Magazines for teens present filtered reality

Teen magazines have their own particular approach to showcase what they believe to be the perfect body type, what’s in style or (often made-up) rumors about a celebrity. These magazines catch millions of girls’ attention, pulling them in to read a little more or buy into what they have to say. 

Last week, CVS stores announced they will quit retouching models in their store brand cosmetic ads in order to make their customers feel more comfortable with their own looks. Although some magazines appear to have positive articles and an interesting perspective on political topics, many teen magazines only serve one purpose: to do whatever they have to do to lure young girls into buying into their assessment of current events. Canyon ISD even blocks online access to “Seventeen” magazine as it is deemed “too mature” for high school students.

Every month, “Seventeen” publishes what they depict as a perfect human, dominating what girls all across America believe they should look like. Magazines have the power to control what the new trends are, how girls should act in certain situations, what they should wear, what attracts boys and many more ideas. “Seventeen” predominately targets young teenage girls, but none of these images are wholesome or realistic by any means.

In “Seventeen,” staffer Andrea Stanley wrote her take on “What Your Last Selfie Says about You.” She explains how some selfies poses show “introverted tendencies”  and others look “neurotic.” This type of opinion piece leaves teenagers who would not normally care about something as silly as a selfie analyze what message they are sending. It leaves them questioning themselves because of a negative connotation from a magazine, proving magazines don’t always have their best intentions in mind for their target audience. 

Teen magazines are not always factual and do not always rely on credible sources. “Teen Vogue” is marketed to teens looking for the next big topic of discussion. In Teen Vogue’s article concerning Martin Luther King Jr. Day, writer Jenn Jackson lays out King’s history through his speeches, books and lifelong story. Jackson talks about how in her own education she learned his story through the eyes of  “mainstream, predominantly white commentators.”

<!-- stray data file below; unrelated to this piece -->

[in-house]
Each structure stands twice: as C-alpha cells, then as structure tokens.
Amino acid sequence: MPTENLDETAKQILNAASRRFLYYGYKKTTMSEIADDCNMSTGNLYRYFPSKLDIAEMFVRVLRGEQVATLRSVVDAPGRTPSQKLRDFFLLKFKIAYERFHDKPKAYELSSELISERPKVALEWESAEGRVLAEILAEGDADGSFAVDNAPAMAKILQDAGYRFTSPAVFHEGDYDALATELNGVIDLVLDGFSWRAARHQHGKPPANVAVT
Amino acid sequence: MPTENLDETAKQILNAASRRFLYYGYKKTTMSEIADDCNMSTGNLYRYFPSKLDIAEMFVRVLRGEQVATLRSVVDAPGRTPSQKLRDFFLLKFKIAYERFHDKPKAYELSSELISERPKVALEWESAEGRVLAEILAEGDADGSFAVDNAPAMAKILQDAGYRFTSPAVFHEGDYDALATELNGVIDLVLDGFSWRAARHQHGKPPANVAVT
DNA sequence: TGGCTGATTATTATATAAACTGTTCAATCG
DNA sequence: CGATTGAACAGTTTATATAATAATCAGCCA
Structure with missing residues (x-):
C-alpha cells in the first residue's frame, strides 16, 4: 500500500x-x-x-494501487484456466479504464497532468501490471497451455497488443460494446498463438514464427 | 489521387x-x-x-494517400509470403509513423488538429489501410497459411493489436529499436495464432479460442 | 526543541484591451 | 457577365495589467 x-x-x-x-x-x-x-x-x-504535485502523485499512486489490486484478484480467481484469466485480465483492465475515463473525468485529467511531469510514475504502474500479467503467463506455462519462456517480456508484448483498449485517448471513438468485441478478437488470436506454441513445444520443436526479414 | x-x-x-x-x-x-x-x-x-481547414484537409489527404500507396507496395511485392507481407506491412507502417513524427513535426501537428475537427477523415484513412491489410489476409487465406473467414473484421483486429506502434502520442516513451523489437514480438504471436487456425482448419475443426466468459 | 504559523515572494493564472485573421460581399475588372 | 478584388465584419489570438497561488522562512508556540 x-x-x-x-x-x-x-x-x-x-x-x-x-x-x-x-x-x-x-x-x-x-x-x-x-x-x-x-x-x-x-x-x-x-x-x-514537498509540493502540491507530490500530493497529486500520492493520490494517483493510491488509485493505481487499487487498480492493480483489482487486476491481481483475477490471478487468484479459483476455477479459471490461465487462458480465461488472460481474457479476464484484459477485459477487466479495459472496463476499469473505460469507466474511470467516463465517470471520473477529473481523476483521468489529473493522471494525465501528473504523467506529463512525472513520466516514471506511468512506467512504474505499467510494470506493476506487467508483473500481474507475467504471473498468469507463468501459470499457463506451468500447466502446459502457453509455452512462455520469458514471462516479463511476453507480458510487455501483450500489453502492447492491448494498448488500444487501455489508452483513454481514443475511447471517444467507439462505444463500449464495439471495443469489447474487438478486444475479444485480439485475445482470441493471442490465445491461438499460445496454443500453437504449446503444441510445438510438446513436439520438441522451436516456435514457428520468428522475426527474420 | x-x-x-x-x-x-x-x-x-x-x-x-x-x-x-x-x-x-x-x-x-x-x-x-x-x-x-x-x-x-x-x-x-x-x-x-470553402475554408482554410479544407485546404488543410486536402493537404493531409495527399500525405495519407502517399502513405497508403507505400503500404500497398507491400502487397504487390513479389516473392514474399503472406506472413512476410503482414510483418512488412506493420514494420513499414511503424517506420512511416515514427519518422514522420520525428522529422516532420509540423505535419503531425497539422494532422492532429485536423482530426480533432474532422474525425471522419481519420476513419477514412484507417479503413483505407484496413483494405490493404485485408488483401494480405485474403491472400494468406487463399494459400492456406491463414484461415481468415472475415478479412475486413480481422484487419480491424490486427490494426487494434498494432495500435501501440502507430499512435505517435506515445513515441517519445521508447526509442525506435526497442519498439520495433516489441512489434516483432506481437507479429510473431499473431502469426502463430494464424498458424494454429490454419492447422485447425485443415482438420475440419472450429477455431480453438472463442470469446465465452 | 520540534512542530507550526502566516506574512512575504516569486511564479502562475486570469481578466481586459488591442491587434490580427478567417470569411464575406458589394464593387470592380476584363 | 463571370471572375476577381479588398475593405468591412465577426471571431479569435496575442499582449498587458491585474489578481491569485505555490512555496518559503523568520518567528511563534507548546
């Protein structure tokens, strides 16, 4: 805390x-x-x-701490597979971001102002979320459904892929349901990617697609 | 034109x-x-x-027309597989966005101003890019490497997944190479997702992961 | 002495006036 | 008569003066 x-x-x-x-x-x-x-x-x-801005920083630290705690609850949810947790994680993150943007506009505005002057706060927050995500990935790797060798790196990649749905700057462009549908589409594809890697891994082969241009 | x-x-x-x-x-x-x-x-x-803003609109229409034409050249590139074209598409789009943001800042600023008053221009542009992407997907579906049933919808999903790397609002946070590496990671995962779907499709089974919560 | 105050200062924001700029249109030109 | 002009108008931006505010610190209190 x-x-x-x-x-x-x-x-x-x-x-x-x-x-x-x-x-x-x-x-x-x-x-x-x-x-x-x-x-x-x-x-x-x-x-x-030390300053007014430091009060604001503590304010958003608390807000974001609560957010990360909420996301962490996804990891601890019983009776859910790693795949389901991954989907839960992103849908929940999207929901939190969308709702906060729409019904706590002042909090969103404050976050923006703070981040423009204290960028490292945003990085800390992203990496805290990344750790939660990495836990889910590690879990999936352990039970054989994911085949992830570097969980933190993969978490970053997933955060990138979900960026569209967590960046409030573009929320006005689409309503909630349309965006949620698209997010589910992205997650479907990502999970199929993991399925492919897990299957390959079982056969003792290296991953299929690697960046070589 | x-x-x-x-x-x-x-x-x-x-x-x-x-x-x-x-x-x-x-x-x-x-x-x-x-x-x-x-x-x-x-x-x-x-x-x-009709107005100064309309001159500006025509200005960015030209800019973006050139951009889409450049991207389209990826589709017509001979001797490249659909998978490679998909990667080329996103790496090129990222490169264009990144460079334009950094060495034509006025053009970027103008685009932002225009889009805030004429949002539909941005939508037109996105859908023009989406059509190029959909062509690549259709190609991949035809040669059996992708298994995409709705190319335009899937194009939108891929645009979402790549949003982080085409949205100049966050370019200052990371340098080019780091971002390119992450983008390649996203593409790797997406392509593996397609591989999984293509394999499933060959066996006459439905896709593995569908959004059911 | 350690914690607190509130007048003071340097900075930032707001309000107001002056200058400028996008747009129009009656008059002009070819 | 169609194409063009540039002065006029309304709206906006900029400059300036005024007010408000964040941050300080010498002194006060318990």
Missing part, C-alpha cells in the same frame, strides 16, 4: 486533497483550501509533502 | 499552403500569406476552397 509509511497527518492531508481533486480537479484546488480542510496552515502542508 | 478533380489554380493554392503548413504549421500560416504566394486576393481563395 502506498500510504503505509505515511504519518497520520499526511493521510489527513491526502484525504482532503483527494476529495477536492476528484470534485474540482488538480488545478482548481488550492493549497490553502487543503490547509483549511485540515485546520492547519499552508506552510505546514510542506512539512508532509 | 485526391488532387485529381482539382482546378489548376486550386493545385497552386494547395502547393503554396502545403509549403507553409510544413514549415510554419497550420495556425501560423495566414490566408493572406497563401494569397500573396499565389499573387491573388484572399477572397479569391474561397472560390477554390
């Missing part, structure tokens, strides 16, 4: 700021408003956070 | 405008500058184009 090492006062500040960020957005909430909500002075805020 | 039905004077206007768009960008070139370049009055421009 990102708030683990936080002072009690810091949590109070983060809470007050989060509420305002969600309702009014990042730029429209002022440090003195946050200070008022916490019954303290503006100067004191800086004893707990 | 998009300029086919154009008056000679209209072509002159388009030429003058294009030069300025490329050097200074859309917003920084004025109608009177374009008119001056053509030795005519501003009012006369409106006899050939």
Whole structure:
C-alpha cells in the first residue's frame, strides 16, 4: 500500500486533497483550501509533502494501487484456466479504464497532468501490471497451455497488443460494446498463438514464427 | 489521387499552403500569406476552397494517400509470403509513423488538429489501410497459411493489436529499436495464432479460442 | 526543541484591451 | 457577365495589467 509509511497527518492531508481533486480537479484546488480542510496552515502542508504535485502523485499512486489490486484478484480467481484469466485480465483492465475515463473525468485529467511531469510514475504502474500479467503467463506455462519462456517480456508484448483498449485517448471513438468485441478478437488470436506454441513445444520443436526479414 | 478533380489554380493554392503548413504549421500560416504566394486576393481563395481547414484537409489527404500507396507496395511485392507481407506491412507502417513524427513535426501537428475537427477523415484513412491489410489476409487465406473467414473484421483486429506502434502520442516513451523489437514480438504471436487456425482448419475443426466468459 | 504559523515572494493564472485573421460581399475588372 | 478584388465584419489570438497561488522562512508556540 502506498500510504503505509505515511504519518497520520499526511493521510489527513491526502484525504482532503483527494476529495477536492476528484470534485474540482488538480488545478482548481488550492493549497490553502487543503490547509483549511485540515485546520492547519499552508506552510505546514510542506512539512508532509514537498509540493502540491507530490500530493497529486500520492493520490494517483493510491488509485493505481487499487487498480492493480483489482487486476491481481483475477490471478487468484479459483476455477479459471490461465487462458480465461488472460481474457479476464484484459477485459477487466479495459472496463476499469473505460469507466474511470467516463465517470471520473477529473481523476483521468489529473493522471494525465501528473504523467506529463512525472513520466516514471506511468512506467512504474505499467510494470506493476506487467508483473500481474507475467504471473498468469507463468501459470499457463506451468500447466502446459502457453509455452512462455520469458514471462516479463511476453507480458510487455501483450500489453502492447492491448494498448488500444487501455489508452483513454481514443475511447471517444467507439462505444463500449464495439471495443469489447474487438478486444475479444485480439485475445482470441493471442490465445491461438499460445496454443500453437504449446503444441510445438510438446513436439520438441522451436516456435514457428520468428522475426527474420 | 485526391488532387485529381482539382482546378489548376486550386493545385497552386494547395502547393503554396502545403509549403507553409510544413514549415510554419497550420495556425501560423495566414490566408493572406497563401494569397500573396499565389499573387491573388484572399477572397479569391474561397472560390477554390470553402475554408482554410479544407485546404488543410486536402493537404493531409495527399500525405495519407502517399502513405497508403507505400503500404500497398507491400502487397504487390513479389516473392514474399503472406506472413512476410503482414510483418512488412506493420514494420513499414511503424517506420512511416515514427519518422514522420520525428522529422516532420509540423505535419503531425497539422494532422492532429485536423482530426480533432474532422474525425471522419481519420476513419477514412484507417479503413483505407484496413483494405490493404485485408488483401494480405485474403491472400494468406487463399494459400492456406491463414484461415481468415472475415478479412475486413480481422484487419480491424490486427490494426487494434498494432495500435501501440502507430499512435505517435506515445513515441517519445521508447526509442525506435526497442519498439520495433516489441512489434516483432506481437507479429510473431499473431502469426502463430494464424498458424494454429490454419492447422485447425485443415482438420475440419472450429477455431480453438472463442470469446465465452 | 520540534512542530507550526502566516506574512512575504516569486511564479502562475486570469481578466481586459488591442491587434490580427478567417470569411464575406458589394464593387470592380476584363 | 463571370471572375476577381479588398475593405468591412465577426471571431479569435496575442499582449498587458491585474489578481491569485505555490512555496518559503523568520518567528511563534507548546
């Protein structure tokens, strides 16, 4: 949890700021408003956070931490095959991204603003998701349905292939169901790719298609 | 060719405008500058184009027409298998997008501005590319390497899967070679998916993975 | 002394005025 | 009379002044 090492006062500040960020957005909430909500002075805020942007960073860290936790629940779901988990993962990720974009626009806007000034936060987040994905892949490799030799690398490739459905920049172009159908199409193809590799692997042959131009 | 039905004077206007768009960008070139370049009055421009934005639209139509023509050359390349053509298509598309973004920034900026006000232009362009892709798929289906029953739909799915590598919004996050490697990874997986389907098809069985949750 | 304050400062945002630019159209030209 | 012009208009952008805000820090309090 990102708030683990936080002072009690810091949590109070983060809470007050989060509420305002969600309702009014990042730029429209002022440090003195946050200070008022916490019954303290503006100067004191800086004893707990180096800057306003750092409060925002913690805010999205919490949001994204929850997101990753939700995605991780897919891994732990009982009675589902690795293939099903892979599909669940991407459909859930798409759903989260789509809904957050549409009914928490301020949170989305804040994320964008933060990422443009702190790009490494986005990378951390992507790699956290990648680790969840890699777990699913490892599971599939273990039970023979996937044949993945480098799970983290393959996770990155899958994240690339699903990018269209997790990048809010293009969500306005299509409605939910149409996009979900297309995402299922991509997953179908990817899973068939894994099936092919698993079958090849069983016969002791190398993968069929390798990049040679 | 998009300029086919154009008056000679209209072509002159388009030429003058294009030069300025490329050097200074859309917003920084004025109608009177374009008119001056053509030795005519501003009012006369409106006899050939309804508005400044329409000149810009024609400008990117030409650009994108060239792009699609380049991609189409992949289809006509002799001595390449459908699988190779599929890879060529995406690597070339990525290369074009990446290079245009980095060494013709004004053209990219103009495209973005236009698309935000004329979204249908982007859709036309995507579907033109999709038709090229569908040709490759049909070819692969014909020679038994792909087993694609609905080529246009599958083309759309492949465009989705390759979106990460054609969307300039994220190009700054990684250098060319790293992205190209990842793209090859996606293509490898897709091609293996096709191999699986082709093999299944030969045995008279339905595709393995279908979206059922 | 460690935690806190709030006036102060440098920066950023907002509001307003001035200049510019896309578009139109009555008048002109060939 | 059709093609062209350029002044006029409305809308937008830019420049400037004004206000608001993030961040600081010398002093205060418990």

Looking to magazines for answers is like looking to a child for help on choosing a college.”

— Faith Douglass, 11

Through the rest of the article she continues on about “facts” about King most people never knew. She states, “In fact, in October 1963, U.S. attorney general Robert F. Kennedy authorized secret wiretapping of King’s phones.” Jackson proceeds to agree with the FBI’s tactics, because, “…the continued use of surveillance…hardly comports with passive stories one would expect of the peaceful, non confrontational character often described today.” She wrote this article based on of her own biased opinion despite what many Americans were taught in public education systems, causing teenagers to disregard their original impressions of King. Teenage magazine writers are not concerned with a solid base or what education systems teach about certain topics; they care about what will sell and make money.

Beside the fact magazines leave teenagers unsure of themselves and they prove statistically to be controversial in what is taught, teen magazines are simply not all they are cracked up to be. I’ve been given teen magazines by relatives for years, I’ve been a teenager for four years and I’ve caught on to the fact they are not uplifting in the slightest.

Teenage girls want to fit in and not be embarrassed, all while standing out and looking impressive. While no one can have both at the same time, it’s easy to look to advice and tips from posts, tweets and famous individuals on the covers of magazines since it surrounds every store of every size.

Teen magazines are simply not all they’re cracked up to be.”

— Faith Douglass, 11

Looking to magazines for answers is like looking to a child for help on choosing a college; their knowledge isn’t relevant. Time and time again, teen magazines prove to be inaccurate, yet they continue to make money off girls who just want the truth. If young women want to grow up to be a good person, become comfortable in their own bodies and beautiful in their own way, not by the worldly standards, they should throw away the magazines and find out for themselves what proves prosperous.